“Faking It”: A Public Insult to Lesbian Relationships

MTV’s new hit show “Faking It”  premiered April 22 and has swept the nation as a “hip” and “new” comedy series for the younger generation to relate to.

In the show, two teen best friends Karma (Katie Stevens) and Amy (Rita Volk) have embarked on the road to ensured popularity by “faking” being in a lesbian relationship together.

Although this idea was prompted by the inaccurate “gaydar” of openly gay cool senior Shane (Michael J. Willet), the two friends decide to fake their relationship as it will most certainly guarantee them recognition and even approval from their extremely liberal teen counterparts who ultimately dub the two as homecoming queens simply because they are a great addition to their “Keep Austin Weird” ideals.

As the show progresses, the two friends learn how to further delve into their fake relationship by using their façade as a means of gaining power and attention. Christened “ally” and heartthrob Liam (Gregg Sulkin) becomes the target of Karma’s admiration and as the two begin to secretly hook up with each other, he professes that he had always dreamed of having sex with a lesbian.

Karma has feelings for this teenage hunk, while it becomes clear that her fake “boo” Amy is actually experiencing sexual insecurities and the awkward struggles of a possibly queer teenager. During the process of acting as a lesbian, Amy has begun to actually fall in love with her best friend.

While the show attempts to be very self conscious and dynamic, the majority of its plot is extremely offensive and in opposition to the subjects discussed.

By promoting two girls “faking” a lesbian relationship to gain easy popularity and attention not only belittles actual lesbian relationships, but also plays into the stereotype that they are merely for attention.

In addition, because the school proclaims the relationship as cool and trendy, the ideal that lesbian relationships are “sexy” and different than an “ordinary” relationship plays into the idea that gay identity is anything but normal. This is furthered by Liam and Karma’s secret relationship – suggesting that it isn’t necessarily cheating because she’s “gay” and he’s a man so it doesn’t count AND that an attractive man can cure anything that is imposing on heteronormativity.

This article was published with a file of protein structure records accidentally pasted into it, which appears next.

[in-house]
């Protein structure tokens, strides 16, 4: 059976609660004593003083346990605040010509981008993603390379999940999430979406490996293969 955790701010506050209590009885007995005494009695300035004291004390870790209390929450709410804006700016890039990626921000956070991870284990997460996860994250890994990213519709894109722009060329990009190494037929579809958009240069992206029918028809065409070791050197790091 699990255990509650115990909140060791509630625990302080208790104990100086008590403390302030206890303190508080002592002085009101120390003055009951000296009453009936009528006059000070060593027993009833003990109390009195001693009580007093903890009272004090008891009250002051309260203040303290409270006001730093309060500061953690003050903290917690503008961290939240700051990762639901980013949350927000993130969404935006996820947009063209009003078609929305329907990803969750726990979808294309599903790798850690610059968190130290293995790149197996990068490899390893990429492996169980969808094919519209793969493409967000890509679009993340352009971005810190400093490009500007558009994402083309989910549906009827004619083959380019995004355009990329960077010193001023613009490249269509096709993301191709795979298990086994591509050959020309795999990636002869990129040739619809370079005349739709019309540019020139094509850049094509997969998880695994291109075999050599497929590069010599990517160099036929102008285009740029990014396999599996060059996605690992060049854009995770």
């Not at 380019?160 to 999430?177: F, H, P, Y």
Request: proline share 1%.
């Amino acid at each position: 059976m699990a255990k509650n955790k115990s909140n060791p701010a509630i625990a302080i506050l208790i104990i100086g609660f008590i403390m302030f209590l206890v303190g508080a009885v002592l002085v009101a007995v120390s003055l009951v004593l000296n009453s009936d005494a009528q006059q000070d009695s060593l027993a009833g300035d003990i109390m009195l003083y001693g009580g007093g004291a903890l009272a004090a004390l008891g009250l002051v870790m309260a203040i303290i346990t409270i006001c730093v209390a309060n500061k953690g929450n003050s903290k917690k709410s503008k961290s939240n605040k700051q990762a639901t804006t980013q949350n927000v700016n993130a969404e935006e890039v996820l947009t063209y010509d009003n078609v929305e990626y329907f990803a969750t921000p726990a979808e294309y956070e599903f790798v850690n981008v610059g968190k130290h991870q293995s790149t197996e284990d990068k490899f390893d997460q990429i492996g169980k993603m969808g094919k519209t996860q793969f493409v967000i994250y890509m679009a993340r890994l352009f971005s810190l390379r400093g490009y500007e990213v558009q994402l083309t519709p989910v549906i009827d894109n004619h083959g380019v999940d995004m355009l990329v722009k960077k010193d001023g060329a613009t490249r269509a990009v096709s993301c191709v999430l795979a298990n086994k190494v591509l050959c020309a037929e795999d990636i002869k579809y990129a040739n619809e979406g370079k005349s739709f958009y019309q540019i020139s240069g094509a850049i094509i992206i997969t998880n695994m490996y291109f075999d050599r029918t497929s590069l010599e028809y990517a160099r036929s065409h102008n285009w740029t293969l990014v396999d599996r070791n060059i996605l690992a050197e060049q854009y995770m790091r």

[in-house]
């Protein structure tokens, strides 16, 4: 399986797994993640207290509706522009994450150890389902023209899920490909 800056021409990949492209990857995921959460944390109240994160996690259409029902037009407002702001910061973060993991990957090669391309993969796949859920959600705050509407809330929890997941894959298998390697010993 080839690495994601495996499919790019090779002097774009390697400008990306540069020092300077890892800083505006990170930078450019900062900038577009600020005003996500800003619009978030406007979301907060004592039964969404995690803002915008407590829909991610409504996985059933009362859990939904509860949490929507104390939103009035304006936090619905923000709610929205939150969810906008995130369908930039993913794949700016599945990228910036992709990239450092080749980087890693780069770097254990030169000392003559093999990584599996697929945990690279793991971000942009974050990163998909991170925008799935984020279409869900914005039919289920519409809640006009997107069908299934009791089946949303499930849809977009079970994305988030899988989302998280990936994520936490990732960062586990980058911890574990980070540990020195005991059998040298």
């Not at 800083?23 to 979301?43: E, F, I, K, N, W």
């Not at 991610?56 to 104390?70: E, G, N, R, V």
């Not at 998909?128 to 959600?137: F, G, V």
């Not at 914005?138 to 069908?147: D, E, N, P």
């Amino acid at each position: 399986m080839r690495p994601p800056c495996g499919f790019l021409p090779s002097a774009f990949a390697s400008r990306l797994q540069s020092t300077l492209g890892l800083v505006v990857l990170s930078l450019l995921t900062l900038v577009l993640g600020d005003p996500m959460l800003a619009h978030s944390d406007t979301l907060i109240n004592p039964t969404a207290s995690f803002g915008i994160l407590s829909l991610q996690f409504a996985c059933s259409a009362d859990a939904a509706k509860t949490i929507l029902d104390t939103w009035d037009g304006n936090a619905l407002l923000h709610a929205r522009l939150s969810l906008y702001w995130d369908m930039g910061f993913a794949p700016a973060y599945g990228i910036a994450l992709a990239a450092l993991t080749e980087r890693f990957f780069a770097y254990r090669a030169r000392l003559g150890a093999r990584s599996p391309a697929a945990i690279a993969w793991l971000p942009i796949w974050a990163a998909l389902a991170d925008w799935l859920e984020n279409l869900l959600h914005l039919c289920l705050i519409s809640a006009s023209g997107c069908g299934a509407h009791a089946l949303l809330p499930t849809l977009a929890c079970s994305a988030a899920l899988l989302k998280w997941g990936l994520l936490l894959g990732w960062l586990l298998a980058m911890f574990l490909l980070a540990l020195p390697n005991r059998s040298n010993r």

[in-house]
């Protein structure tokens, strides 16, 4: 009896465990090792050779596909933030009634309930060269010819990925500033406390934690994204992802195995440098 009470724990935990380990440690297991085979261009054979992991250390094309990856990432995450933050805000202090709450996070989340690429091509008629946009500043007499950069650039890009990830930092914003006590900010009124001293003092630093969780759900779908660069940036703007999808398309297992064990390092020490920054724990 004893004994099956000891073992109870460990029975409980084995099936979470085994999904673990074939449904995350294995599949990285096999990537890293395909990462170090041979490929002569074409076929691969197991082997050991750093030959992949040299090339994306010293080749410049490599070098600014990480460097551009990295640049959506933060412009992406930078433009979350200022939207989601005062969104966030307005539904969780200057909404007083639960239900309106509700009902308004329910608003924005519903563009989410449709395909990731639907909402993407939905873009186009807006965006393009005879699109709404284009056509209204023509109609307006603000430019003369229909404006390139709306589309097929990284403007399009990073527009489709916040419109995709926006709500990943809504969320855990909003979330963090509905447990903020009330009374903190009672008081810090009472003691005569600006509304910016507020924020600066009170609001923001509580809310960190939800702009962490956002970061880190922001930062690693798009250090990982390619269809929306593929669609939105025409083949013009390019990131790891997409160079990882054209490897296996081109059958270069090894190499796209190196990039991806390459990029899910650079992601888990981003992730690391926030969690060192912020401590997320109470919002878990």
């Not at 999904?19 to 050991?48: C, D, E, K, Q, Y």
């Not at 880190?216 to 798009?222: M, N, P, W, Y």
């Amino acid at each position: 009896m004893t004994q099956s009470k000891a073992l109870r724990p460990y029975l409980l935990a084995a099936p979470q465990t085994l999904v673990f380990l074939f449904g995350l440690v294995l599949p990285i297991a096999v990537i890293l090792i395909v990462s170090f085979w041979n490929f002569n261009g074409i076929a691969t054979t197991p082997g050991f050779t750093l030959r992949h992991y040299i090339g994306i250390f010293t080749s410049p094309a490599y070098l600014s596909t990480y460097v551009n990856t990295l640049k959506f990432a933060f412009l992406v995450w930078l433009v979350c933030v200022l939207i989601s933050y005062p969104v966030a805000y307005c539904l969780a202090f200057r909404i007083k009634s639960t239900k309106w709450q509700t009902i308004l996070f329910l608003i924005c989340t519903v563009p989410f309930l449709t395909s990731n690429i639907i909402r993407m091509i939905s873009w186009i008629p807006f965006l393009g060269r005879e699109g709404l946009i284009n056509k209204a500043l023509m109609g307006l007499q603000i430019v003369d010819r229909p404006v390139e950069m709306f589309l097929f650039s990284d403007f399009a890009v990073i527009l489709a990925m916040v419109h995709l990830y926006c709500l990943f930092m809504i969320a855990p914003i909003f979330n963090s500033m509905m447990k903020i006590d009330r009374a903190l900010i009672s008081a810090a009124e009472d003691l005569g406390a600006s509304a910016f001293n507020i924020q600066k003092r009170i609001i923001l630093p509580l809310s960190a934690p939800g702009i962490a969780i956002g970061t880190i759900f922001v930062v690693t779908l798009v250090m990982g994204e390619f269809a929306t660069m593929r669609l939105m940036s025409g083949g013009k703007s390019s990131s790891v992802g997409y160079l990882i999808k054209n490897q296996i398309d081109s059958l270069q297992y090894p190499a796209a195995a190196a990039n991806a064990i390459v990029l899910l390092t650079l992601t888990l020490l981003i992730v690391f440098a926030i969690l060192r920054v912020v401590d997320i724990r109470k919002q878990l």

So far, the show reduces the idea of female sexuality to the male gaze. It also prevents the representation of a true “ally” as being one completely independent from self-interest.

Although the show mocks the idea of lesbianism solely existing for attention, it also presents an ironic paradigm, as this new attention is one that is solely based on the two now being the token gay couple.

Their peers offer them gluten-free muffins and a photo-shoot for the school’s Tumblr, further belittling and alienating their relationship as something that is different from the ordinary. By pretending to be lesbians, they gain attention but also lose their identity separate from their sexuality.

This show could present positive content through Amy’s character coming to terms with her own sexual orientation, but it has yet to address it fully without also pairing it with the very hot-and-heavy heterosexual relationship of Karma and Liam. Amy could serve as an example to young viewers also struggling with their own sexual orientation, however her portrayal has yet to separate from the negative stigmas that lesbian relationships are constantly up against.

MTV’s “Faking It” might become the first socially conscious teen comedy to positively discuss issues of sexuality and identity that it revolves around, but it hasn’t done that yet.

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